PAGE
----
Nigerian startup launches blockchain-based academic records

Nigerian startup launches blockchain-based academic records

While the crypto sector has faced criticism for its disconnect with the real world, there are players who seek to point to the underlying blockchain tech's ability to address some of our most pressing challenges in today's society, particularly in regions where basic infrastructure is insufficient.

Akowe, a Lagos-based startup that participates in TechCrunch Disrupt's 2023 Startup Battlefield 200, has developed a blockchain-based platform for issuing verifiable academic records. Akowe's founder, Ayodeji Agboola, said in an interview that there's a big demand for digital certificate verification systems in sub-Saharan Africa, partly because of the difficulty of reissuing academic records and universities' possessiveness of them.

t want a reissue; what they would give you is an affidavit. That unique nature of universities makes them very protective of certificates, he said.

In 2018, the founder, who started a digital marketing firm, began training a cohort of small business owners to use Facebook. The program had already trained 30,000 individuals by 2019, and needed to prove people's accomplishment.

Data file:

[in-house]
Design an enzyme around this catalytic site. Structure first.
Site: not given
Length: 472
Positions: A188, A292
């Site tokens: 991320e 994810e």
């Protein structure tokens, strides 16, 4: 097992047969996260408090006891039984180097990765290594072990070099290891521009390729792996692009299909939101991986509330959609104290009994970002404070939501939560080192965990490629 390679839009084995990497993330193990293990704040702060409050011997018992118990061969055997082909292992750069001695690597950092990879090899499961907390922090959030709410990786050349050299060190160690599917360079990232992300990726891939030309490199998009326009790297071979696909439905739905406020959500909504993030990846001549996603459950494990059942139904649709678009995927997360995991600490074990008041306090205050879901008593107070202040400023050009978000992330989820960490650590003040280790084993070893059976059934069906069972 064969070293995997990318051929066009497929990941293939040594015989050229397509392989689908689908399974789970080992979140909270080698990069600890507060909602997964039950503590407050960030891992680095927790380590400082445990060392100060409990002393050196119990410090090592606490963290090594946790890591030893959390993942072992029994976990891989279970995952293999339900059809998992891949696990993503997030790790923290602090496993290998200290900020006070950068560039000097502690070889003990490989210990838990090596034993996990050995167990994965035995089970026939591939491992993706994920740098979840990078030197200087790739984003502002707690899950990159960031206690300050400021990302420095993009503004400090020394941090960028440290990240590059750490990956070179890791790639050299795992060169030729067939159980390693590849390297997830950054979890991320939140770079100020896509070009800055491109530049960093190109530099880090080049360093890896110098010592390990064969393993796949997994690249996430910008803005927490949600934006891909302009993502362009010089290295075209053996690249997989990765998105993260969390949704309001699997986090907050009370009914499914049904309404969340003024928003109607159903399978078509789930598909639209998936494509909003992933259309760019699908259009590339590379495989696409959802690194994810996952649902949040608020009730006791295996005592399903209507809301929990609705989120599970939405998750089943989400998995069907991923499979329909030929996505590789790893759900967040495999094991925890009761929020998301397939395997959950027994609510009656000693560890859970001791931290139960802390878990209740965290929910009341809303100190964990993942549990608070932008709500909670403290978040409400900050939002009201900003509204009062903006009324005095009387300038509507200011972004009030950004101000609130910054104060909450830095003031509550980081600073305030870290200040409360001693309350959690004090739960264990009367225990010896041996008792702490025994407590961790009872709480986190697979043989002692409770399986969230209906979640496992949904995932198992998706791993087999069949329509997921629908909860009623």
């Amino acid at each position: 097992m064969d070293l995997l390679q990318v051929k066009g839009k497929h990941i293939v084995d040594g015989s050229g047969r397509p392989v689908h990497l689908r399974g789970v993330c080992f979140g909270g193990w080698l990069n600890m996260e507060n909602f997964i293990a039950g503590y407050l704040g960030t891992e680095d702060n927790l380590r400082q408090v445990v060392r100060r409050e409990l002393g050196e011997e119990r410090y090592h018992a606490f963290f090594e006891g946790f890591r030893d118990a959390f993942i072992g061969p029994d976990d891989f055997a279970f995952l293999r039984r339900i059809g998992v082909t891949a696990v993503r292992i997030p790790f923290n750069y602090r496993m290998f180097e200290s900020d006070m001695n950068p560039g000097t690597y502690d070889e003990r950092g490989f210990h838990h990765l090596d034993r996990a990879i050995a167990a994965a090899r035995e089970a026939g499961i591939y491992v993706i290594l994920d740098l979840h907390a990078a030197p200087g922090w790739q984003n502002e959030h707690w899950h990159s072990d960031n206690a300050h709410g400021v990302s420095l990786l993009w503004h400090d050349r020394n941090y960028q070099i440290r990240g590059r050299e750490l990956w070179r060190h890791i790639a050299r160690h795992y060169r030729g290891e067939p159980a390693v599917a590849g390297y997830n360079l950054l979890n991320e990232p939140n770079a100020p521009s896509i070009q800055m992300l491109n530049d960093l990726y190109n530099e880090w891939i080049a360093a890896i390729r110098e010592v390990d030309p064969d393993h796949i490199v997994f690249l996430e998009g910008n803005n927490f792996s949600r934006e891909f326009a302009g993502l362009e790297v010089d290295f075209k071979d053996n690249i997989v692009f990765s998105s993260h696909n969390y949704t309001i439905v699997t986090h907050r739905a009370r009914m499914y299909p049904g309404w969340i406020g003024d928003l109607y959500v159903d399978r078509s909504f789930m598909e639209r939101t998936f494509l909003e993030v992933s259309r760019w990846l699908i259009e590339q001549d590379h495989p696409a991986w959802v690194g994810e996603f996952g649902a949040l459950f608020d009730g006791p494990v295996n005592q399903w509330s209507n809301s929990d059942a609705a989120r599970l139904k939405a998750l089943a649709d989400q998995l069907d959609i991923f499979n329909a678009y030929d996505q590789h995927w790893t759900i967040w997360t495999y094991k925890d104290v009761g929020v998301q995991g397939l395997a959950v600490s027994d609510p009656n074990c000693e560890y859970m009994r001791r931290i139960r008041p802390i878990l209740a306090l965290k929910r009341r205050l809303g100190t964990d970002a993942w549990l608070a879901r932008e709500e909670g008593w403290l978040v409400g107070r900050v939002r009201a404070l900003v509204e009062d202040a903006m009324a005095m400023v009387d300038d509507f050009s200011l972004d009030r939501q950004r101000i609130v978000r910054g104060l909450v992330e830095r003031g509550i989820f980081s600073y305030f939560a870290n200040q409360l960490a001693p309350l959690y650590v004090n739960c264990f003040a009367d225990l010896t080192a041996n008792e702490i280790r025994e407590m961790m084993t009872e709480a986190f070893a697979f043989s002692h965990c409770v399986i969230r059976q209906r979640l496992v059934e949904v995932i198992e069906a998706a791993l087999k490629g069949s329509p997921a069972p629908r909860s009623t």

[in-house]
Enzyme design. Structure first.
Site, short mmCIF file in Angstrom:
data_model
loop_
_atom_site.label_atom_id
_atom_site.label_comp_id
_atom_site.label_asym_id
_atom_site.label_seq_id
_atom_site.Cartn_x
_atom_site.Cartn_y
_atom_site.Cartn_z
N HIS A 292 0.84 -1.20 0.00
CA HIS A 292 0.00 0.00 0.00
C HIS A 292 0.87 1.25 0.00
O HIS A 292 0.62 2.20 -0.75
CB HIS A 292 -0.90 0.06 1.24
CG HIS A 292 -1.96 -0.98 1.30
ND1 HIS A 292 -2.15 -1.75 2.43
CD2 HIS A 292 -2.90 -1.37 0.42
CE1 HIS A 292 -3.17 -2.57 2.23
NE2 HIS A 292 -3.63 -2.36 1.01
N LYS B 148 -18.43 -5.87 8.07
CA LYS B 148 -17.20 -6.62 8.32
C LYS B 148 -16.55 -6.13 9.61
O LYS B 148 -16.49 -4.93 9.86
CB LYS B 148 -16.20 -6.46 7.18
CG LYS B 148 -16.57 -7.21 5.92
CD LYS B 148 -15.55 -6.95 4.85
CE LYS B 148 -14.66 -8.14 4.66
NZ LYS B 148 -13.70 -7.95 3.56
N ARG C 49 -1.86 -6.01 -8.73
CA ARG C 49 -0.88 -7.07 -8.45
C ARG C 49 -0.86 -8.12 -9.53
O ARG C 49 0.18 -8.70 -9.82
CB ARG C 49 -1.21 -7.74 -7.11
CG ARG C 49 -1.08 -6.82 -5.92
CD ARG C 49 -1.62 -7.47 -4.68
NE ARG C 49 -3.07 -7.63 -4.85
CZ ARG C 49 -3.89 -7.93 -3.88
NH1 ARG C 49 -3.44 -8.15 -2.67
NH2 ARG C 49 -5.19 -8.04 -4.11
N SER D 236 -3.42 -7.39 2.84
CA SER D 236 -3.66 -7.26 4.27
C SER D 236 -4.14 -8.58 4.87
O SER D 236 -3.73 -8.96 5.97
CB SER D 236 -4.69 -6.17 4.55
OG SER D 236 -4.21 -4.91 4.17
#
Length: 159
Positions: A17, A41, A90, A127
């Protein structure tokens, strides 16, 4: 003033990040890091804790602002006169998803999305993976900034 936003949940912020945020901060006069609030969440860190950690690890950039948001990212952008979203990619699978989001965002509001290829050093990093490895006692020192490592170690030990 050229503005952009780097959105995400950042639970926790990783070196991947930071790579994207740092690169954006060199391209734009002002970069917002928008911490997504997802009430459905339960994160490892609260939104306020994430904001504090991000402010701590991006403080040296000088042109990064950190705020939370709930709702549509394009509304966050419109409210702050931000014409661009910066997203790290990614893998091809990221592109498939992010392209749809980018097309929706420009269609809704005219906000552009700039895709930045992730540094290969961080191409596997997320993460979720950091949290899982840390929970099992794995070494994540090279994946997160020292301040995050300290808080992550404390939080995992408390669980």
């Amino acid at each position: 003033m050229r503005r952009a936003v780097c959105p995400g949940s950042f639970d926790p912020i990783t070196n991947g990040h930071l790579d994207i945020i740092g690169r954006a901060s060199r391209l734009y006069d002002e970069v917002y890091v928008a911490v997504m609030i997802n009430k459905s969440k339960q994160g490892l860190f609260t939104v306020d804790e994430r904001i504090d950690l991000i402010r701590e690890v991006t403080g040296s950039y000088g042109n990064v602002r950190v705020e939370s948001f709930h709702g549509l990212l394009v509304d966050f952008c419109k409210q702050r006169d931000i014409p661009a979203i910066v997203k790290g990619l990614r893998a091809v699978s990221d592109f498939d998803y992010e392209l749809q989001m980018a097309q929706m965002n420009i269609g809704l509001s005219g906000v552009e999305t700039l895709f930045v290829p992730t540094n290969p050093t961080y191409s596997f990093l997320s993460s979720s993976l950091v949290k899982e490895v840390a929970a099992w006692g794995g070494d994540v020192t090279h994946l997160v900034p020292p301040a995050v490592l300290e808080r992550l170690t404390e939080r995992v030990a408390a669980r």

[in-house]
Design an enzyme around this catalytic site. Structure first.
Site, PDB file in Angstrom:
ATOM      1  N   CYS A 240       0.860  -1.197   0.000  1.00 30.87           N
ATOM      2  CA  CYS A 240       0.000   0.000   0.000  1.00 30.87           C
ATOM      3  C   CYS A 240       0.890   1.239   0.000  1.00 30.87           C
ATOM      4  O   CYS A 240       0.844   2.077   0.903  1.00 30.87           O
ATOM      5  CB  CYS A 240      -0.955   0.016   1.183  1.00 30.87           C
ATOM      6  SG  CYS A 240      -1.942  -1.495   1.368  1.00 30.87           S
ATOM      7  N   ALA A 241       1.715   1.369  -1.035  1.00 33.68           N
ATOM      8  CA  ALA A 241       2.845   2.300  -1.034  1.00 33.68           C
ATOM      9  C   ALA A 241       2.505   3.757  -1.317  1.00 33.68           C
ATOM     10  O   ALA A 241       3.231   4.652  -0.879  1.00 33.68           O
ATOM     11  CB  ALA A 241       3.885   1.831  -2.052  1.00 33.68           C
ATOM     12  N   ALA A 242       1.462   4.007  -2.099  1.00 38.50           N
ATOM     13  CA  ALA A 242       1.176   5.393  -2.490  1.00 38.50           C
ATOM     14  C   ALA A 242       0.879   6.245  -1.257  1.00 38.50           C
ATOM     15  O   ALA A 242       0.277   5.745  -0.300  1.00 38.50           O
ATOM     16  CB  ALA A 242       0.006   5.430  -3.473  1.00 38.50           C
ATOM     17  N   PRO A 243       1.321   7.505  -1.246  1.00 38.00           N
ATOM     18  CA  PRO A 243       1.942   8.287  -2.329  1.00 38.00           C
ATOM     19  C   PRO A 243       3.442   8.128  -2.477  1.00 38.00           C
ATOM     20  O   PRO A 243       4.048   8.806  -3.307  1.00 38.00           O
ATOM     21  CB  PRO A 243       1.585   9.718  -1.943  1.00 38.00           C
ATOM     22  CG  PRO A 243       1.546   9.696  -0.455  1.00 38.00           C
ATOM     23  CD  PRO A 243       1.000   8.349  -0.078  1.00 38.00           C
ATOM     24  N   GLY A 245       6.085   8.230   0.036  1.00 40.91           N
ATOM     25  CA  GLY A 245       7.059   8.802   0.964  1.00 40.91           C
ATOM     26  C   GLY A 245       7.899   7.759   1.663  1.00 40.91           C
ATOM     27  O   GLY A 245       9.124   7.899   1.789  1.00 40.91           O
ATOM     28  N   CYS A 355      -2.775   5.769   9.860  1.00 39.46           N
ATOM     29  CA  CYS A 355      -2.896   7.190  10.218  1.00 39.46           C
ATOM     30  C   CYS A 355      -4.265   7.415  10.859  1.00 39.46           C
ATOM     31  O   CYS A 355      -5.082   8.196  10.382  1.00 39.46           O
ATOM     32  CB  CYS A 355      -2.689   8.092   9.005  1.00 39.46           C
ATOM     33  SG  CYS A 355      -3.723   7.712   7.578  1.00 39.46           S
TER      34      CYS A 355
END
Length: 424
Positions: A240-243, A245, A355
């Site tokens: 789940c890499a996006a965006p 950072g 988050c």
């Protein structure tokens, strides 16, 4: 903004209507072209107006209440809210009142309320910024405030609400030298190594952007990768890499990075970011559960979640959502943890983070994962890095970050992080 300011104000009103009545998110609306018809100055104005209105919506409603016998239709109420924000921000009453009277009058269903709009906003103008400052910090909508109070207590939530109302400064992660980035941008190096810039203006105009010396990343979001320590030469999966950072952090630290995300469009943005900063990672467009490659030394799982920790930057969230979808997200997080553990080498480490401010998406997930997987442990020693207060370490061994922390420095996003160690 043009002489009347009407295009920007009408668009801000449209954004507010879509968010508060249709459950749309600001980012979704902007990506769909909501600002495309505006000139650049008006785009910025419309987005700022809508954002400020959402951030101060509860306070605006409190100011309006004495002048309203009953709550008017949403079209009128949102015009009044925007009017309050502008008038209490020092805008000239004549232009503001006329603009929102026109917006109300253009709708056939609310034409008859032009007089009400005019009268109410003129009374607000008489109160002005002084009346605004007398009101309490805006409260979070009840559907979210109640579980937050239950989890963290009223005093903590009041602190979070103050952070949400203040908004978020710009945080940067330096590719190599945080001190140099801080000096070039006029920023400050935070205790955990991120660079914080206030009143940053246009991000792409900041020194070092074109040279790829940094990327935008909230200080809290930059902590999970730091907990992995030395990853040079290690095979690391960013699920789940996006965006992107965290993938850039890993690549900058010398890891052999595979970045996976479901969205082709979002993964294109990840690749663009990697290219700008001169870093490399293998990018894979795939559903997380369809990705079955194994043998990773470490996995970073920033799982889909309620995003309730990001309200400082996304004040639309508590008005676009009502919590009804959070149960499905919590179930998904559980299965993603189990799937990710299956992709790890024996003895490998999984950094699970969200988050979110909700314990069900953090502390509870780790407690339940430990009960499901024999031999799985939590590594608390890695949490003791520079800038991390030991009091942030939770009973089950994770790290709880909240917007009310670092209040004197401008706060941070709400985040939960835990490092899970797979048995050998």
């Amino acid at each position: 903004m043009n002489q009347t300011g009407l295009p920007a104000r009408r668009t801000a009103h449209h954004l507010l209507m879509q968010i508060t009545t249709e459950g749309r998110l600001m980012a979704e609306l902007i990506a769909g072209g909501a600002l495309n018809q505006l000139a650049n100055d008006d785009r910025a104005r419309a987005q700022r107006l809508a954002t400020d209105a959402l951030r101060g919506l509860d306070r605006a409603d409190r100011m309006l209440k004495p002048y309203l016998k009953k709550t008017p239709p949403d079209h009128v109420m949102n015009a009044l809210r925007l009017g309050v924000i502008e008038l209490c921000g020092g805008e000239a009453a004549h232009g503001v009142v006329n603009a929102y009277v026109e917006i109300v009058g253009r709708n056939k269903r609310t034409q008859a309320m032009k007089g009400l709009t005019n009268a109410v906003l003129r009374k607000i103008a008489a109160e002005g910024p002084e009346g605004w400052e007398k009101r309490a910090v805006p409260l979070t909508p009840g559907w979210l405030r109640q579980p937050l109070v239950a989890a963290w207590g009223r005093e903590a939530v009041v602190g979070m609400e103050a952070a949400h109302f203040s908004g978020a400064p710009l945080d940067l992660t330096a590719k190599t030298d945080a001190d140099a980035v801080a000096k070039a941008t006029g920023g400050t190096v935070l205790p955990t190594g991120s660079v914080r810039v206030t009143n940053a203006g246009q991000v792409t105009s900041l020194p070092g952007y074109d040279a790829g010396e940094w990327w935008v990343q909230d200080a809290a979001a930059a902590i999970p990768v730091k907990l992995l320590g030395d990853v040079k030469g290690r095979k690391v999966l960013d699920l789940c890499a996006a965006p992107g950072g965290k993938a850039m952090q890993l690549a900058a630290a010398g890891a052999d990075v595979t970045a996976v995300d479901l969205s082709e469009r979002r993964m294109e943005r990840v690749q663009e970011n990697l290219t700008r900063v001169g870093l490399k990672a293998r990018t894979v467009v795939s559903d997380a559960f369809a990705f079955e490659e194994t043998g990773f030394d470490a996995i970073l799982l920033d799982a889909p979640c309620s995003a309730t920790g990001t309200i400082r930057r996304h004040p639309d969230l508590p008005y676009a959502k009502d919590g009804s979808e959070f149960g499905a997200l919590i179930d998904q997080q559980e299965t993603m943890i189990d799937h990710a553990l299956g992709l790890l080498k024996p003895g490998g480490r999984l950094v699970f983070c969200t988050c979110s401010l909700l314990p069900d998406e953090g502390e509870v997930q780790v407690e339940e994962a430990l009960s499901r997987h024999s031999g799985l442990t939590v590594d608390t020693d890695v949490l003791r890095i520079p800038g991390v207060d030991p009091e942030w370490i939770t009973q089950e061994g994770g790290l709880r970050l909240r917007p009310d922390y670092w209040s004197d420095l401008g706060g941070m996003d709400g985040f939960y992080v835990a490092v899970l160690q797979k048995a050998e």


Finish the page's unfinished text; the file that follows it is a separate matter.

Agboola, who remained unidentified, said: The damage was done to the economy, she said.

Storage is a key part of blockchain, where it plays a crucial role. To begin, organizations upload their certificate templates and a list of recipients' names, upon which Akowe automatically generates digital copies of the academic records for each individual. Say a recruiter or a visa officer needs to verify a person's college certificate, they can then check all that metadata on the blockchain that Akowe uses - including the URL of the certificate's hosting location, university names, student names, courses, grades and graduation year - on the blockchain that Akowe uses.

Akowe has used Hyperledger, a permissioned blockchain, in the past, but is now using a new ledger database solution launched by Amazon, QLDB, which enables organizations to create centrally managed records.

Akowe is still run by Agboola as a one-man, bootstrapped shop with help from contract developers, which means 'clerk' in Yoruba. It provides its platform to universities for free, but takes a cut from the fees universities charge users. It's currently in the final stages of setting up pilots with two institutions and is in talks with 15 others, he said.

The challenge of the startup lies not in the technological part but rather in user acquisition. but public universities dominate the majority of the population, making them a significant source of employment. In Nigeria, these are the most prestigious universities. and there's a lot of red tape there that you need to navigate, he said, adding that he's been cautious with framing his business pitches because of the negative image of blockchain.